SantaCruzmod.jpg

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Harvey, the one the distinctive crab-claw sail in the image above is another one on my list, the museum in Berlin has an original one.

 

Would like to see more of your models ...

 

Eberhard

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On 1/22/2021 at 11:15 AM, wefalck said:

Harvey, the one the distinctive crab-claw sail in the image above is another one on my list, the museum in Berlin has an original one.

Dear Eberhard,  Yes, and thank you:  Your photographs of the Berlin Vaka helped me make the model!  Best, H-       P.S. These sail yet again: https://www.vaka.org/gallery

Edited by Harvey Golden
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  • Image Comments

    • No worries Bob....always learning, the best part about all of this....
    • Beautiful model! I have the POB on the shelf for a future build down the road. Thanks for explaining your paint and stain scheme.
    • Hi Mike,
      Thank you for your further explanations!
      I have now a good understanding of the principle of how you made the case. I am looking forward to your additional photos! No hurry from my side, because there is still a lockdown in my country, so I cannot buy materials...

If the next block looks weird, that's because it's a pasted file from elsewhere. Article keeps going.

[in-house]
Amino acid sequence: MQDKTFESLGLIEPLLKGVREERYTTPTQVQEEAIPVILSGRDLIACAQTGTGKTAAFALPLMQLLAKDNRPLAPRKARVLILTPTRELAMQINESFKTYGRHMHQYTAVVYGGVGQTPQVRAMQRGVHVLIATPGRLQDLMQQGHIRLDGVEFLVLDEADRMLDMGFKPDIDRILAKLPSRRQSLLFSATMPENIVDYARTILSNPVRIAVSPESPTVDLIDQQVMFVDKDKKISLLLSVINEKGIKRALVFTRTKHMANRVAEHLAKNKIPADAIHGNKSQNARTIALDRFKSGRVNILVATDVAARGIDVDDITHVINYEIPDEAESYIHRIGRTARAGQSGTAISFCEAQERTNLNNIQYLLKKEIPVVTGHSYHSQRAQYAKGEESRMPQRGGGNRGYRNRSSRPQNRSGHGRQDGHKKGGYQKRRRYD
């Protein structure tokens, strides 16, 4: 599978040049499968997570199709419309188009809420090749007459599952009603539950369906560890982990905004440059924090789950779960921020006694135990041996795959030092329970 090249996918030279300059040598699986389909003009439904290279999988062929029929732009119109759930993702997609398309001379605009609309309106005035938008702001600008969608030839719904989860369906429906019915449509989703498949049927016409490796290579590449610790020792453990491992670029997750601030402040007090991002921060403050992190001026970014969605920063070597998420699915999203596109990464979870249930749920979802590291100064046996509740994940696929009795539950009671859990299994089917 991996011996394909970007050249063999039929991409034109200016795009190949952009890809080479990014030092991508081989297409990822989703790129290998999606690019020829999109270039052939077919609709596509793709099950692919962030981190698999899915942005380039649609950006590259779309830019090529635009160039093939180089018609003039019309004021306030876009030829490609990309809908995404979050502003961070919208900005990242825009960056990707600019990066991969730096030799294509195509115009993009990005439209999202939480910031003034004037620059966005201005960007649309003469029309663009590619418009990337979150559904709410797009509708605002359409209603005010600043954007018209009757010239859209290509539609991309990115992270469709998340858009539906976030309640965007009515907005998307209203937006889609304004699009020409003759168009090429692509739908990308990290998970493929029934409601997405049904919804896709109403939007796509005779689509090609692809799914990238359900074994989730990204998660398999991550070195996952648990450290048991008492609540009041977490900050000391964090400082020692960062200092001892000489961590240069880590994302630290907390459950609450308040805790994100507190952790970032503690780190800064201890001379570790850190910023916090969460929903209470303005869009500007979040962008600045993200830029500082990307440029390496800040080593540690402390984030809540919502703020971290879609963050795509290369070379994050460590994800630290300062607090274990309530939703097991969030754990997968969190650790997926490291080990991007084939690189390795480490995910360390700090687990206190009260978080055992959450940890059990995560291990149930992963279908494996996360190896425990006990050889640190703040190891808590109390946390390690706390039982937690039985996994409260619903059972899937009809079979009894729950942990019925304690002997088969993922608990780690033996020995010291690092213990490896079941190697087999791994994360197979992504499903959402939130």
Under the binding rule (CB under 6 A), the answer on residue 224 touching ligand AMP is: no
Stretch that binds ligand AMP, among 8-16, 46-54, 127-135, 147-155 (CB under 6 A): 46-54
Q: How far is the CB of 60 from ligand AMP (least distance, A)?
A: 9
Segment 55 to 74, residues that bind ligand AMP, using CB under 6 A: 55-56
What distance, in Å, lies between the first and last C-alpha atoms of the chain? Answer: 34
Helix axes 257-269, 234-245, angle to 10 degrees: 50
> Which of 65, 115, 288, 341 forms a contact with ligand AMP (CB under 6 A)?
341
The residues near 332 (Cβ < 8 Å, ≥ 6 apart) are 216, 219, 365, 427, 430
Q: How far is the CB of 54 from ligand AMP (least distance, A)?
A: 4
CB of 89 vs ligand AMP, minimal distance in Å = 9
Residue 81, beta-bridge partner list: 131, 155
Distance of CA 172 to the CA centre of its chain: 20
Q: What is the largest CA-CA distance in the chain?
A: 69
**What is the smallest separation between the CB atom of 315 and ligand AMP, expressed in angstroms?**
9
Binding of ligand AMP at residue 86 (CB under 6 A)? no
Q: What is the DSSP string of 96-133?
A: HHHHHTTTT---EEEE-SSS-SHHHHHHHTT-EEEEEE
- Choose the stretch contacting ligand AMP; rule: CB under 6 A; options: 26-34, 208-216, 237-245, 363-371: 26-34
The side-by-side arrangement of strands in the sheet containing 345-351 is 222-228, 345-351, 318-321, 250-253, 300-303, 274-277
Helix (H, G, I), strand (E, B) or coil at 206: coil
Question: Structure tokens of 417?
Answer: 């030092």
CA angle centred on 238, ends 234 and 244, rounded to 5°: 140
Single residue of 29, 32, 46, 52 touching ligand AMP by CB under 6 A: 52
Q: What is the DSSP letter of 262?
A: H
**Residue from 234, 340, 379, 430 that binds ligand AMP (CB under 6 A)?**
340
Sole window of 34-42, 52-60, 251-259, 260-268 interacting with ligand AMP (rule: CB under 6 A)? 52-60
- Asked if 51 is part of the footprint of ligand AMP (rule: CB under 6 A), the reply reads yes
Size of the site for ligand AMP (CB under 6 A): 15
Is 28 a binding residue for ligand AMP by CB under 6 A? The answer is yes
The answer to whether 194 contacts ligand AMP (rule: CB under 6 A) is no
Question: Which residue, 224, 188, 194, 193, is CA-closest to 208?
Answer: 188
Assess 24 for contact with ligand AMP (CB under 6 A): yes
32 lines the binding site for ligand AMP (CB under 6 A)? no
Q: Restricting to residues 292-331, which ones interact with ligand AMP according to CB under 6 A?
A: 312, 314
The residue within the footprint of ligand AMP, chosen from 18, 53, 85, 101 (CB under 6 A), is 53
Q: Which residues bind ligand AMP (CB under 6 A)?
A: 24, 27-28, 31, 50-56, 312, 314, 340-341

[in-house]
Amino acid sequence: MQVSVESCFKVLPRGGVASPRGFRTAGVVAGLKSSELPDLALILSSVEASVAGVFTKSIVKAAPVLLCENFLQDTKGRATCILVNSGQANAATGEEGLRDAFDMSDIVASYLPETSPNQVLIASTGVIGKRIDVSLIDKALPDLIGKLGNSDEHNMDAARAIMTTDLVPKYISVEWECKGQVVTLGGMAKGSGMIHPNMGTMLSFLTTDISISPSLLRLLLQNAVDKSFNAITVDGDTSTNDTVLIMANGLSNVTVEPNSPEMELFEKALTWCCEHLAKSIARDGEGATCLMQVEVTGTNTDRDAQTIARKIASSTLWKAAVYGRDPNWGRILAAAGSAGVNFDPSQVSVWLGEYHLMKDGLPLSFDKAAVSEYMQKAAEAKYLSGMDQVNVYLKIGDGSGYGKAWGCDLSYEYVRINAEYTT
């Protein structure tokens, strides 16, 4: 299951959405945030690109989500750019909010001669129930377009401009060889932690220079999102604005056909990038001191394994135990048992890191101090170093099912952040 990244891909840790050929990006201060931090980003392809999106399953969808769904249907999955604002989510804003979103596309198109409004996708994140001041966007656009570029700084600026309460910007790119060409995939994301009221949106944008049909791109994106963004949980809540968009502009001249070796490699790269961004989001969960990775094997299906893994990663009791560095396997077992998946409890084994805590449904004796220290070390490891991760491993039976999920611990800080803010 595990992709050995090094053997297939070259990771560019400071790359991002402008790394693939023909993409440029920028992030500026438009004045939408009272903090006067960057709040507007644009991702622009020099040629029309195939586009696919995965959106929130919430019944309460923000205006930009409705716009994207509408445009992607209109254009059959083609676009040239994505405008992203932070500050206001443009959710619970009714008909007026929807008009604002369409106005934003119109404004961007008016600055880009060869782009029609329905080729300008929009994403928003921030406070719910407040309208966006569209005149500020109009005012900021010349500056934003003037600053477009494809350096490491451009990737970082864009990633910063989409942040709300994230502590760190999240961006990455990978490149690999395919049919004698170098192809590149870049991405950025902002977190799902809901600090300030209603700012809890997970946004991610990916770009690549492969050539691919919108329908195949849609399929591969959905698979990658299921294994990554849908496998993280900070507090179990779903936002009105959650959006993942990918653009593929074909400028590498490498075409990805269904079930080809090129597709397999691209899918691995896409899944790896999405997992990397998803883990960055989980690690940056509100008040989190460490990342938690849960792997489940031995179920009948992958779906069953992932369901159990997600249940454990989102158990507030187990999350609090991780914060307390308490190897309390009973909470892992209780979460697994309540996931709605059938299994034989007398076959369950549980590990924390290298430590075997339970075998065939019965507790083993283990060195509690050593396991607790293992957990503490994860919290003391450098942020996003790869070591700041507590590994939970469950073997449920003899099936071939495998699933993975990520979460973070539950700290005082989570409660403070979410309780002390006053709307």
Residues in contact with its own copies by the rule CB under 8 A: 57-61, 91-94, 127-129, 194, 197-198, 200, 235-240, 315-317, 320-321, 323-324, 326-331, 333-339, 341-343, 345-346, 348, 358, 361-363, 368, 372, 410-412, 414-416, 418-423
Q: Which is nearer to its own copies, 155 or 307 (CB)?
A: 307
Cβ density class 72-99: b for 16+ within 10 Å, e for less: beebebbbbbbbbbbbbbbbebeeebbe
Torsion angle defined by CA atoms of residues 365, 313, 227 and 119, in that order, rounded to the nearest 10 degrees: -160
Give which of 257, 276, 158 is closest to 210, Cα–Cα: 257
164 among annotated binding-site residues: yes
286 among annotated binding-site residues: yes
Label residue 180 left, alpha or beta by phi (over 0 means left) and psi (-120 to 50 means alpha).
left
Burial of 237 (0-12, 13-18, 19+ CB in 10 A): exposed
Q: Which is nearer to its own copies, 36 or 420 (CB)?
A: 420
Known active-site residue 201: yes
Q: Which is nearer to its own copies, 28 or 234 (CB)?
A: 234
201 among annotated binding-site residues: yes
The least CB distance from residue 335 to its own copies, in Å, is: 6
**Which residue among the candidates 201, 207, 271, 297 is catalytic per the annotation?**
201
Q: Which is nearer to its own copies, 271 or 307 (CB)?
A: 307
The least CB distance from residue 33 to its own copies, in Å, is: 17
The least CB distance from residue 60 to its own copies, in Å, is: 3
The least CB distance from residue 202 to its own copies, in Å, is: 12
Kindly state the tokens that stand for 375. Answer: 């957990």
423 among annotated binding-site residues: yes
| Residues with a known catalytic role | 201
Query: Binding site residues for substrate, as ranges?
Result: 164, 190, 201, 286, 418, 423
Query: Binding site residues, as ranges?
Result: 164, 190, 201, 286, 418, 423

I intend to make my case 102 cm by 35 cm wide and 75 cm height. I assume that this is close to your dimensions (and weight...).
      Andre
    • Yes, it took 2 people for the large panels. Most of your statements are correct, the top was done differently. They are only rectangular strips that fit into a shoulder I milled on the outside tops of the verticals deep enough so the strip (when attached) make the outside edge of the glass trough (of the verticals) allowing the panels to slide in and out. Then the cover is screwed to the verticals locking the whole thing together. The total weight of glass would have been ~ 160 lbs so I went with Plexiglass which was only about 75 lbs but more expensive. I under estimated both the weight of material as well as the cost for a case this size. I will try to post (or send to you directly) photos to help explain, however, it is at my sons house so it may be a few days. In the meantime let me know if you have any questions and thanks for your interest.
      Mike
    • Hi Mike,
      Thank you for taking the time to explain. I understand somewhat better. If you would share additional photos: that would be great!
       
      I have understood that your horizontal wooden strips have an extenting part at the bottom so that it fits into the base grooves. I assume my milling the excess away.
      Is it the same construction at the top?
      I have seen in your photos that the glass is held in place by clip-skrews. I assume that the horizontal wooden strips at the top are only at the outside, to allow the sliding of the glass?
      Did you need assistance for sliding in the big glass panels, because of the weight?
       
      Thanks! Andre